Tuesday, April 8, 2014

Experiences Will Make a Real Person of You

No small wonder your early notebooks went begging for things of significance to write about.  No wonder the big news was the score you'd kept in one particular notebook, noting such grand excitements as cars with out-of-state license plates, or those even rarer times when you'd receive something--anything at all--in the mail.

You had a sense of something being, wrong but you lacked the acuity to define it for yourself.  You were by all accounts too young to have significant memories.  You knew well enough how you'd come by the scar on your left wrist.  You had the memory of a neighbor's dog, Silver, when you lived in Burbank.  Silver bit you for some reason or other.  For reasons of your own, you bit him back.  You had the exotic memory of the neighbor on the other side of the house you lived on at Providencia Street in Burbank.  This neighbor had two baby alligators in the sink in the laundry room.

These were scarcely the things to record in your notebooks.  You had no past you could draw upon.  You had to invent.  If you invented too well, under certain circumstances, say being given a remarkable lunch featuring items you'd read on a restaurant menu while walking home from school, you were given a minimalist dinner instead of the one to which you'd become accustomed.

More often than your inventing stories that were not believed, your invented stories were believed, leaving you to live with the consequences.  You already were learning the hazards of confessing how your story of an event was your own version, which is to say a fabrication.  You knew.

You in fact were at a loss because you had nothing to draw upon except things that happened to you at times near the immediate present.  Even though thing had happened to you, they were more apt to be things that you did not initiate.  You had a kind of past, a laundry list past, with X vaccinations, Y scoldings, Z school experiences, and you were on your way toward becoming a more tangible, assertive self.  But the best you could do by way of being who you were was to be found in the grades you were given in the deportment section of your report card.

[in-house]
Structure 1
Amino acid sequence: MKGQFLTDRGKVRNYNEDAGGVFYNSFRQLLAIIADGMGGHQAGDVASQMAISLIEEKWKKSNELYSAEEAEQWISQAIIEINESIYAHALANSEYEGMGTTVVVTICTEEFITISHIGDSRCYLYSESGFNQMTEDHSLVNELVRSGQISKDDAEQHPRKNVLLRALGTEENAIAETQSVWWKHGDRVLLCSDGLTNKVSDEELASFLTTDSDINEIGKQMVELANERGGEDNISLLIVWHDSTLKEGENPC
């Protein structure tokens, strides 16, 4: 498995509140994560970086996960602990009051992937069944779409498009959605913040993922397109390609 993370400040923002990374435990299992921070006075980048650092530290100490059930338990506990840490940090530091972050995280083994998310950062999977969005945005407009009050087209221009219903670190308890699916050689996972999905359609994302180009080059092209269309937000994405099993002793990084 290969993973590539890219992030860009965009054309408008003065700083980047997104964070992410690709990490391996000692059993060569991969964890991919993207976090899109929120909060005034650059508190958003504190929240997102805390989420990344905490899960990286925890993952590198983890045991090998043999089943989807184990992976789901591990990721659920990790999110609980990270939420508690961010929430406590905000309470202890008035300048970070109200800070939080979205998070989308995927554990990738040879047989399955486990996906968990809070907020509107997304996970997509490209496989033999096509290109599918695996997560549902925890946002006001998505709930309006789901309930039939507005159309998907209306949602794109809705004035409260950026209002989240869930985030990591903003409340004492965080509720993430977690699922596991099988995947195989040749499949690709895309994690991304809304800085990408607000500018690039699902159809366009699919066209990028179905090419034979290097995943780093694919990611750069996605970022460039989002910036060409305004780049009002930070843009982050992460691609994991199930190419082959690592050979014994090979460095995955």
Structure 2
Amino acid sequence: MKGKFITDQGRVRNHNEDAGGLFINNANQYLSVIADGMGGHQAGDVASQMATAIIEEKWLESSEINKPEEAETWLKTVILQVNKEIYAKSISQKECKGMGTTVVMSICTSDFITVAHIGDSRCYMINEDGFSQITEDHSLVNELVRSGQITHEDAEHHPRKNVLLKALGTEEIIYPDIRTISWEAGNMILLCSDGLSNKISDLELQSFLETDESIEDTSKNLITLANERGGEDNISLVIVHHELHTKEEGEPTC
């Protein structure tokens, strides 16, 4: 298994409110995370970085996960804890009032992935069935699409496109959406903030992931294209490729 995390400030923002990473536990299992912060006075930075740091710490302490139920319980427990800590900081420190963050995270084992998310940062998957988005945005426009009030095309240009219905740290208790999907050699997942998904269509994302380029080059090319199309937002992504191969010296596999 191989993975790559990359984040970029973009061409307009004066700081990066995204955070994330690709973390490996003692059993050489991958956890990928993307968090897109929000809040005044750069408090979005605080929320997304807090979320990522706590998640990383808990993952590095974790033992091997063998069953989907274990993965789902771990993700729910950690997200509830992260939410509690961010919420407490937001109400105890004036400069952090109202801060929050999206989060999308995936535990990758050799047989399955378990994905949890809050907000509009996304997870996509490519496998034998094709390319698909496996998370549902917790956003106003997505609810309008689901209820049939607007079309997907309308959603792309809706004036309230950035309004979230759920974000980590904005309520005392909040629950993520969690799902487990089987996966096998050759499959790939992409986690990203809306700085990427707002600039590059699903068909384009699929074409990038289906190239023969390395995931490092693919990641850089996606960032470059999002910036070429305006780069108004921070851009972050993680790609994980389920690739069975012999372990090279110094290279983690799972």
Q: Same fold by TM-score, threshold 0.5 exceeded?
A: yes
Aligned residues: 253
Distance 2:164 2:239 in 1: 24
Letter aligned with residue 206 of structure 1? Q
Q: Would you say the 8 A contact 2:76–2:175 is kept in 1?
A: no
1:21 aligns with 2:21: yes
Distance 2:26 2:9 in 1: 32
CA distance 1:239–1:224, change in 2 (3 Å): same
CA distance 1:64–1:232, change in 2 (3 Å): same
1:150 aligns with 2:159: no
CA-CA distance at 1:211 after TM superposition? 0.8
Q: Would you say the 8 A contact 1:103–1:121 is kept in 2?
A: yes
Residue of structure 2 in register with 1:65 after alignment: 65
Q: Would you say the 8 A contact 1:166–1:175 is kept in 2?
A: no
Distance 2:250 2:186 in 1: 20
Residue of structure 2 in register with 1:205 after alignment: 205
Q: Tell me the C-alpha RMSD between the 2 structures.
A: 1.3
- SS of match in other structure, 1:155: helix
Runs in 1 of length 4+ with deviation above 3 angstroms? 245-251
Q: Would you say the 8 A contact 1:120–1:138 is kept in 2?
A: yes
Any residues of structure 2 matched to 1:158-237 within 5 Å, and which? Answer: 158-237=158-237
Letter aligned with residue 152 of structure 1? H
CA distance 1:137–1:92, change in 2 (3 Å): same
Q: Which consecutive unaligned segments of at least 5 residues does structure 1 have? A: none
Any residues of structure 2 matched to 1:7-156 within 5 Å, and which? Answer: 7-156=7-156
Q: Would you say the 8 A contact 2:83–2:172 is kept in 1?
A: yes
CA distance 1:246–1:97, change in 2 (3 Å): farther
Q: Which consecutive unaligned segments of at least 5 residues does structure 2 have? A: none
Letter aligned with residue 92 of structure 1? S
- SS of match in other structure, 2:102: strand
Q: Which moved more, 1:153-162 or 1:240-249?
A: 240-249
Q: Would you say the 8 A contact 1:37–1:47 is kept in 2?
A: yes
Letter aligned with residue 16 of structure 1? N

The A's and occasional B were counterbalanced by so-called social grades, where R equalled outstanding, S was satisfactory behavior, and N was unacceptable.  The first time you heard the word asshole was when your father, looking at your report card, said, "You know what they call guys who get A's and N's?"

Your attitude toward assholes ever since was grounded in that exchange.  You had no real history of your own.  You were, by your own sense of implication, an asshole.  You'd heard your father call other persons asshole, but never you.  The worst--and most instructive--thing he asked of you rather than called you, was:  "What are you, some kind of wise guy?" 

You had no real history of your own.  But.  You were on your way.

By the time you were fifteen, you had enough history to do something about.  You'd had rejection slips from magazines, had your heart broken by a girl with the exotic name of Helayne, knew at least one Mafioso, could drink demitasse coffee, and knew the best places in Los Angeles to buy penny candy.  You had your favorite place in all of Los Angeles to be taken on your birthday, Clifton's  Cafeteria, which had in addition to the smell other cafeterias had, the smell of sincerity.